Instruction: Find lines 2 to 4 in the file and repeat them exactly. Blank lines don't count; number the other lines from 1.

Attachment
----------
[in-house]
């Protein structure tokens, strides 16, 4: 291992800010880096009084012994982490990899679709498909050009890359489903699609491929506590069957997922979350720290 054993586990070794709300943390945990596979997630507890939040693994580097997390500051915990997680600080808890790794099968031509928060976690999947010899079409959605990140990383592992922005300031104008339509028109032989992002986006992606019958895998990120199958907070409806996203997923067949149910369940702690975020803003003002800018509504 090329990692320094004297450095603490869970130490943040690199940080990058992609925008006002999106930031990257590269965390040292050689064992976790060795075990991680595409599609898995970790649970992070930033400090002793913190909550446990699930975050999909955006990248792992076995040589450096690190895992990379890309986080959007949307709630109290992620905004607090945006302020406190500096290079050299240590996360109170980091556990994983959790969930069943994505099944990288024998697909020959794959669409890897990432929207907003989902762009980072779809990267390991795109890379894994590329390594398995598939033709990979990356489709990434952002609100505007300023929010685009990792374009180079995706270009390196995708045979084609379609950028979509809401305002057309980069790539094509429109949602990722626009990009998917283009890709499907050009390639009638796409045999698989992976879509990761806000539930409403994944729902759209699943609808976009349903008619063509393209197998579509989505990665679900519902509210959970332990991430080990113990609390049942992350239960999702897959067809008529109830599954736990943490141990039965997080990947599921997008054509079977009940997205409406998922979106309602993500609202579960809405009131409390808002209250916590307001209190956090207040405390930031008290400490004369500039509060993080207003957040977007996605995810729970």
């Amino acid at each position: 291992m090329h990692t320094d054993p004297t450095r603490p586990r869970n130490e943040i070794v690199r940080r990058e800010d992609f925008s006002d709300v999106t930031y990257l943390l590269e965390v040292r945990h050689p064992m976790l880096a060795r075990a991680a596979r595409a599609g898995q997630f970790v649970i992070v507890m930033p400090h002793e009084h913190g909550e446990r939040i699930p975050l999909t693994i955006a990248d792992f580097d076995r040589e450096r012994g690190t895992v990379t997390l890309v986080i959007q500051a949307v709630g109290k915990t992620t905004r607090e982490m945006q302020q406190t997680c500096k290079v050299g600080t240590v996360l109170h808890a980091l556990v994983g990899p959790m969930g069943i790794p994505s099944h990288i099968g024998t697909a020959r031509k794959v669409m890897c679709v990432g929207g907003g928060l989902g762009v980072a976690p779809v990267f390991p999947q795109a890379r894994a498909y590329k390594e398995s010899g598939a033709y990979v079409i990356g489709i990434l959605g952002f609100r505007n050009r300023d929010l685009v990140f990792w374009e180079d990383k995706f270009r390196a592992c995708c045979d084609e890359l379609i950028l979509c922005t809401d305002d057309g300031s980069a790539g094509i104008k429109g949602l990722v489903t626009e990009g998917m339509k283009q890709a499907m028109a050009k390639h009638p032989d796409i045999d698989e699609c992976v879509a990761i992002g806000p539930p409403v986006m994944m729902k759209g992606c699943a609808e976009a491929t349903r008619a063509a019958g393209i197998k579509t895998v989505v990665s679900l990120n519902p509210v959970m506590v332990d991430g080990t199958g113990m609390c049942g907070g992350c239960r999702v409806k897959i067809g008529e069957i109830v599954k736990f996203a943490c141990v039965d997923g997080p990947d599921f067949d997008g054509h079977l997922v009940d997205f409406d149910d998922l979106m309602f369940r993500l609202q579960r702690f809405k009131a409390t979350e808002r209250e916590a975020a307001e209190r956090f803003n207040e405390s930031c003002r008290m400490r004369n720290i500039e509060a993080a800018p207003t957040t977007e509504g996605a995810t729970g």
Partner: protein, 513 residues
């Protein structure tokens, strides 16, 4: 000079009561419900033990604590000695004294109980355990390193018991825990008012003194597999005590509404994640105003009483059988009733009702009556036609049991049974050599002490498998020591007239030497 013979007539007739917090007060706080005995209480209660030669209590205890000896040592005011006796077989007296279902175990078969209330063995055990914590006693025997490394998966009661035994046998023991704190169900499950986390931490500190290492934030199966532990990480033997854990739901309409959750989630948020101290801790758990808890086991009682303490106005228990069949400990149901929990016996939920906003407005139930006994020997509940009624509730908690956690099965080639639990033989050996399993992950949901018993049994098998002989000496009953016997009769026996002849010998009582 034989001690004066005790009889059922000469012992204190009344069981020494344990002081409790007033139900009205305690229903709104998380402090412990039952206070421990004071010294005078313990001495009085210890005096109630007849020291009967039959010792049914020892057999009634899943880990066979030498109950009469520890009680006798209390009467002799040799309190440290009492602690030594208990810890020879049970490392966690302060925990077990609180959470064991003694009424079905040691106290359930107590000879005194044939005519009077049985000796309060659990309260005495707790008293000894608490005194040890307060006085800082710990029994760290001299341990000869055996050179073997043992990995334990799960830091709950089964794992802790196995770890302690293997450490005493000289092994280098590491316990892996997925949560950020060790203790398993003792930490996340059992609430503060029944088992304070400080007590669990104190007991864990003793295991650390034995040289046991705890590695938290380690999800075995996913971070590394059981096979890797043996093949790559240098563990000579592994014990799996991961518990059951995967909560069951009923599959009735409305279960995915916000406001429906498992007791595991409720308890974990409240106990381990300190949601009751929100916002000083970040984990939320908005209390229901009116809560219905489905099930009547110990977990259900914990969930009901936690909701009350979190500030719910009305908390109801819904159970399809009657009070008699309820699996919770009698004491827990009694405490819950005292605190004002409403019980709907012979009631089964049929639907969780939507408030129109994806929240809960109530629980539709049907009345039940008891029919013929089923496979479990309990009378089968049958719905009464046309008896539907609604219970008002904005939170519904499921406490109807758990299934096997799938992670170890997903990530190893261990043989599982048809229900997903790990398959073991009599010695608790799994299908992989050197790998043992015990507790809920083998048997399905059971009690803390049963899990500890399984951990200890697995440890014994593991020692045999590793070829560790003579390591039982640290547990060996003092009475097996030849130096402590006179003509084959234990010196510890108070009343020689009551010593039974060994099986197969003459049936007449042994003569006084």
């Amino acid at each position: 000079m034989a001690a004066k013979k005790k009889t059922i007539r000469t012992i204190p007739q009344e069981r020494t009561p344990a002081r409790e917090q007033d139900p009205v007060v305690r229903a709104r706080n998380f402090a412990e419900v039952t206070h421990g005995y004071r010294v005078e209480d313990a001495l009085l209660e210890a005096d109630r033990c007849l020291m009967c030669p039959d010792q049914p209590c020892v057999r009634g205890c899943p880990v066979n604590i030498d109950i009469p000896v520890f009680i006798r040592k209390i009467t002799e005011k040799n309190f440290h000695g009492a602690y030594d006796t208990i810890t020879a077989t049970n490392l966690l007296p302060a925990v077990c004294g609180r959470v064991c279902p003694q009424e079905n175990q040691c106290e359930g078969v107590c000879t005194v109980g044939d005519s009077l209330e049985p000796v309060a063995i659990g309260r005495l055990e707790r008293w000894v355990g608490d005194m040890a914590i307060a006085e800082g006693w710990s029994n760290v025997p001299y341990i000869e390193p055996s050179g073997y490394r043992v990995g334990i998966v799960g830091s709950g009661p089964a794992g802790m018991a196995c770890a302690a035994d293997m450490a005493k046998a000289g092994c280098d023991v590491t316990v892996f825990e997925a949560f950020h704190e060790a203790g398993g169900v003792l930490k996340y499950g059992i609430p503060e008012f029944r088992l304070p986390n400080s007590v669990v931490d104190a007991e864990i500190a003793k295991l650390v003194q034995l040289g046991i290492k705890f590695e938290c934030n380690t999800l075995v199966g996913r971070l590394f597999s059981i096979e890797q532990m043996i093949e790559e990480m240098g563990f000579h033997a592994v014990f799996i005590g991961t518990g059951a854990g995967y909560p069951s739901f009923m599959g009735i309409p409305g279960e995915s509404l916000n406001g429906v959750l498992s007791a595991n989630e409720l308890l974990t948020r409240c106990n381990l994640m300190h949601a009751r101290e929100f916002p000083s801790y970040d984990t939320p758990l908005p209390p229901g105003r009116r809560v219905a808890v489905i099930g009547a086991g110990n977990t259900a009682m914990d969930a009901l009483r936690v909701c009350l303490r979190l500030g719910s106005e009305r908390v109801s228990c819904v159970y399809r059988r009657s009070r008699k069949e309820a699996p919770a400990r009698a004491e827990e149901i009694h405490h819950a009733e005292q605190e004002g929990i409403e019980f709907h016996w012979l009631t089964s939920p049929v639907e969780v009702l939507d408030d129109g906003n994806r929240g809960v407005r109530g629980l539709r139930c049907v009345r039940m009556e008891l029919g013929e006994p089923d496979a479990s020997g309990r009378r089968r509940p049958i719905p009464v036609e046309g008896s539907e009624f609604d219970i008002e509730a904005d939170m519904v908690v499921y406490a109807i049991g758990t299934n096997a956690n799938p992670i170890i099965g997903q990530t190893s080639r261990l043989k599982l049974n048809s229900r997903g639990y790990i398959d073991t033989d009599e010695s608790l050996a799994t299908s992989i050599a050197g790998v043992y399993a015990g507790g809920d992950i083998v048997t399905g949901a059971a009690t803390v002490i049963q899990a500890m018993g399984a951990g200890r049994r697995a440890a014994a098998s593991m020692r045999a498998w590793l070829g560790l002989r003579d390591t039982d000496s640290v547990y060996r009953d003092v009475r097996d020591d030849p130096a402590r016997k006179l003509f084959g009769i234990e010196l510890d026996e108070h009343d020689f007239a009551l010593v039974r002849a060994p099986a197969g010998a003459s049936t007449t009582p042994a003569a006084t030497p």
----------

């Protein structure tokens, strides 16, 4: 291992800010880096009084012994982490990899679709498909050009890359489903699609491929506590069957997922979350720290 054993586990070794709300943390945990596979997630507890939040693994580097997390500051915990997680600080808890790794099968031509928060976690999947010899079409959605990140990383592992922005300031104008339509028109032989992002986006992606019958895998990120199958907070409806996203997923067949149910369940702690975020803003003002800018509504 090329990692320094004297450095603490869970130490943040690199940080990058992609925008006002999106930031990257590269965390040292050689064992976790060795075990991680595409599609898995970790649970992070930033400090002793913190909550446990699930975050999909955006990248792992076995040589450096690190895992990379890309986080959007949307709630109290992620905004607090945006302020406190500096290079050299240590996360109170980091556990994983959790969930069943994505099944990288024998697909020959794959669409890897990432929207907003989902762009980072779809990267390991795109890379894994590329390594398995598939033709990979990356489709990434952002609100505007300023929010685009990792374009180079995706270009390196995708045979084609379609950028979509809401305002057309980069790539094509429109949602990722626009990009998917283009890709499907050009390639009638796409045999698989992976879509990761806000539930409403994944729902759209699943609808976009349903008619063509393209197998579509989505990665679900519902509210959970332990991430080990113990609390049942992350239960999702897959067809008529109830599954736990943490141990039965997080990947599921997008054509079977009940997205409406998922979106309602993500609202579960809405009131409390808002209250916590307001209190956090207040405390930031008290400490004369500039509060993080207003957040977007996605995810729970």
């Amino acid at each position: 291992m090329h990692t320094d054993p004297t450095r603490p586990r869970n130490e943040i070794v690199r940080r990058e800010d992609f925008s006002d709300v999106t930031y990257l943390l590269e965390v040292r945990h050689p064992m976790l880096a060795r075990a991680a596979r595409a599609g898995q997630f970790v649970i992070v507890m930033p400090h002793e009084h913190g909550e446990r939040i699930p975050l999909t693994i955006a990248d792992f580097d076995r040589e450096r012994g690190t895992v990379t997390l890309v986080i959007q500051a949307v709630g109290k915990t992620t905004r607090e982490m945006q302020q406190t997680c500096k290079v050299g600080t240590v996360l109170h808890a980091l556990v994983g990899p959790m969930g069943i790794p994505s099944h990288i099968g024998t697909a020959r031509k794959v669409m890897c679709v990432g929207g907003g928060l989902g762009v980072a976690p779809v990267f390991p999947q795109a890379r894994a498909y590329k390594e398995s010899g598939a033709y990979v079409i990356g489709i990434l959605g952002f609100r505007n050009r300023d929010l685009v990140f990792w374009e180079d990383k995706f270009r390196a592992c995708c045979d084609e890359l379609i950028l979509c922005t809401d305002d057309g300031s980069a790539g094509i104008k429109g949602l990722v489903t626009e990009g998917m339509k283009q890709a499907m028109a050009k390639h009638p032989d796409i045999d698989e699609c992976v879509a990761i992002g806000p539930p409403v986006m994944m729902k759209g992606c699943a609808e976009a491929t349903r008619a063509a019958g393209i197998k579509t895998v989505v990665s679900l990120n519902p509210v959970m506590v332990d991430g080990t199958g113990m609390c049942g907070g992350c239960r999702v409806k897959i067809g008529e069957i109830v599954k736990f996203a943490c141990v039965d997923g997080p990947d599921f067949d997008g054509h079977l997922v009940d997205f409406d149910d998922l979106m309602f369940r993500l609202q579960r702690f809405k009131a409390t979350e808002r209250e916590a975020a307001e209190r956090f803003n207040e405390s930031c003002r008290m400490r004369n720290i500039e509060a993080a800018p207003t957040t977007e509504g996605a995810t729970g």
Partner: protein, 513 residues